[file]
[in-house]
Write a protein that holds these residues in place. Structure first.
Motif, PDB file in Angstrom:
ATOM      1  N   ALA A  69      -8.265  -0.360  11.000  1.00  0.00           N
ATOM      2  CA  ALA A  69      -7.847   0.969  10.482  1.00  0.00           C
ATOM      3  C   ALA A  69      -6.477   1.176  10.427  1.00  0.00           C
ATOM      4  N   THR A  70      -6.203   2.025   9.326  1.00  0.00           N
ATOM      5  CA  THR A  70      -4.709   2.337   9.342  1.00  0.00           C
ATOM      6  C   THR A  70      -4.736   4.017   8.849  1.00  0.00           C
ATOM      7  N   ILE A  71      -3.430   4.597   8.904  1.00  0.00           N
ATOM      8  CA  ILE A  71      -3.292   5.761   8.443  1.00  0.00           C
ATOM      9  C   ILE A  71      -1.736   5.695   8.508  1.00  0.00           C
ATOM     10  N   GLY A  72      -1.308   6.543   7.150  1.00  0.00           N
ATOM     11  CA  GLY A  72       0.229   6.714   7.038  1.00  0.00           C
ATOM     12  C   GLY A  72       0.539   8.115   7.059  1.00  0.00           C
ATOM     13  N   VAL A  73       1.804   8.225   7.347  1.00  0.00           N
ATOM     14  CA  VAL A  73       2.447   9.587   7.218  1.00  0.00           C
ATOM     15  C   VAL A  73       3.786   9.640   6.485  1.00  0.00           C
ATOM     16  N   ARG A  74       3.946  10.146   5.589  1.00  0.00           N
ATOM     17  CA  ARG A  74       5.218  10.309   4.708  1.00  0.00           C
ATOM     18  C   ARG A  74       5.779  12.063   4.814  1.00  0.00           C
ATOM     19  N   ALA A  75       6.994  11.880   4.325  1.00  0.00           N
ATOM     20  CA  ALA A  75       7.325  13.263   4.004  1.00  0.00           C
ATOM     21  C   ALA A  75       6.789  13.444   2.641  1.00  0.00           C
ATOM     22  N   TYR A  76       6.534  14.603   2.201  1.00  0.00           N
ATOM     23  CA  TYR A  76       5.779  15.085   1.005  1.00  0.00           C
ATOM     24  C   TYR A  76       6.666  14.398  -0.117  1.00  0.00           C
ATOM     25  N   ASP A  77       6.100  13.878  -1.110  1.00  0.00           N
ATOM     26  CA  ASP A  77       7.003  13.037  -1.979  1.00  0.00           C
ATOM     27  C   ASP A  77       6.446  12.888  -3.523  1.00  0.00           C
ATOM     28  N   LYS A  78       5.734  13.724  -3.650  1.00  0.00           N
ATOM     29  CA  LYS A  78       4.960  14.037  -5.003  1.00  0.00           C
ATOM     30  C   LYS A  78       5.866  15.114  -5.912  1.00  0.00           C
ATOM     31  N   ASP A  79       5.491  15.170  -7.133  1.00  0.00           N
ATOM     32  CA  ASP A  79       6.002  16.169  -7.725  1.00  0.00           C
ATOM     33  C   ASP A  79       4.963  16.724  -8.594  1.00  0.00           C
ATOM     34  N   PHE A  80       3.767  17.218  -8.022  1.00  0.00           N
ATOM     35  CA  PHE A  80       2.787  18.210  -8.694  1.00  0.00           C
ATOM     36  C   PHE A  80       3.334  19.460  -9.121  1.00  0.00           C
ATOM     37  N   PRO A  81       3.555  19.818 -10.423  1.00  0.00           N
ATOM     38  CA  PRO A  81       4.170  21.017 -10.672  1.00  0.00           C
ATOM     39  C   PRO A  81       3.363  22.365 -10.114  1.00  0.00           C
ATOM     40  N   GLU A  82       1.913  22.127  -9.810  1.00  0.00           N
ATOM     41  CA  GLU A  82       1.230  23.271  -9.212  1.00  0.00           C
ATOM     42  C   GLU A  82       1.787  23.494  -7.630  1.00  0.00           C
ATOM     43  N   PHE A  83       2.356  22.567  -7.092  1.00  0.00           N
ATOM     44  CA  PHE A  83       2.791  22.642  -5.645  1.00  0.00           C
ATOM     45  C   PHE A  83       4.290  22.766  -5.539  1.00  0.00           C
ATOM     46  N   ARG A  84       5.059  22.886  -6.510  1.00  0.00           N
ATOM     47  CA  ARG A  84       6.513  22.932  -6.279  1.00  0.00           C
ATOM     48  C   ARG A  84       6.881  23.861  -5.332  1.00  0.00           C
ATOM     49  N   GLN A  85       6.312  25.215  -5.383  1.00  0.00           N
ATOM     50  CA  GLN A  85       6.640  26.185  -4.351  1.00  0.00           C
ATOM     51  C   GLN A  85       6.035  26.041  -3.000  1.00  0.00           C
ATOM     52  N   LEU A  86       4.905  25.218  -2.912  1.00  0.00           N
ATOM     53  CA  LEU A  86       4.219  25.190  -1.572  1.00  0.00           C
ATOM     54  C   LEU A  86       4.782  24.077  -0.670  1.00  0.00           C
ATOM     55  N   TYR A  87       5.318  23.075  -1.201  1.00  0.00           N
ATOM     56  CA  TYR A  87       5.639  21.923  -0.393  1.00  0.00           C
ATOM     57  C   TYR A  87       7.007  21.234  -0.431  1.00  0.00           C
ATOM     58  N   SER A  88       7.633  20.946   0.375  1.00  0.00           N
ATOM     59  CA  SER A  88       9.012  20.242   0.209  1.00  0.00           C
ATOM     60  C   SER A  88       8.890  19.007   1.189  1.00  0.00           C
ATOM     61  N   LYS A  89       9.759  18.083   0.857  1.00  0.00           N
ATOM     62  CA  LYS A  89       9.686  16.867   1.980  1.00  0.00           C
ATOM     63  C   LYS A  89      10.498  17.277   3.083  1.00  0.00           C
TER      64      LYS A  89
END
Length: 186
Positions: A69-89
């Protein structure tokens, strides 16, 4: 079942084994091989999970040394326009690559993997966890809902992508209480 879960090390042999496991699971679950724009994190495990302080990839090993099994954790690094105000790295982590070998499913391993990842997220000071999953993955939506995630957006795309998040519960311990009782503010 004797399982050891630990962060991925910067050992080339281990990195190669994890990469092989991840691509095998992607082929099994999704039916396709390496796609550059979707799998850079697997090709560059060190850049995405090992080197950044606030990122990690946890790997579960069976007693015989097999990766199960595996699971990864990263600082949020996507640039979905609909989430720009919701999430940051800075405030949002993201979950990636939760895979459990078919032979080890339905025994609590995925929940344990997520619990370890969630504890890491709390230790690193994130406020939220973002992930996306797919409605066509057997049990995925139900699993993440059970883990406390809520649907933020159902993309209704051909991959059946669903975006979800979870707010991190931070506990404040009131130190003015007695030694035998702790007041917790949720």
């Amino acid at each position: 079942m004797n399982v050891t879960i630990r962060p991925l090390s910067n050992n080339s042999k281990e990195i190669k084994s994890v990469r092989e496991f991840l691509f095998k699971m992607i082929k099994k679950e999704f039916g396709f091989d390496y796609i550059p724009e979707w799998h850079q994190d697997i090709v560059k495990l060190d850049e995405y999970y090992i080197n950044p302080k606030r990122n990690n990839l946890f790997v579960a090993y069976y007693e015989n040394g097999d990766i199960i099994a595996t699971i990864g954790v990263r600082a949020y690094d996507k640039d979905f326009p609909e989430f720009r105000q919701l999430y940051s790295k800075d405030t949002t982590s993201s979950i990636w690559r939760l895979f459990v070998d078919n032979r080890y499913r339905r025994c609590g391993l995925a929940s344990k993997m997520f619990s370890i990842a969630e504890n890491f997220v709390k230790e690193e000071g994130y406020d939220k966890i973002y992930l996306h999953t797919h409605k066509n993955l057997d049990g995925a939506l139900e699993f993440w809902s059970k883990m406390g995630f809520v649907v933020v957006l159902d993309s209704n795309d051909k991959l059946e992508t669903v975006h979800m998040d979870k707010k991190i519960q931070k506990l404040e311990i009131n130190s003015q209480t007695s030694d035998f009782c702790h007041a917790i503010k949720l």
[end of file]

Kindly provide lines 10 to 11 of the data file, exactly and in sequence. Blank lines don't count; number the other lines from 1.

ATOM      7  N   ILE A  71      -3.430   4.597   8.904  1.00  0.00           N
ATOM      8  CA  ILE A  71      -3.292   5.761   8.443  1.00  0.00           C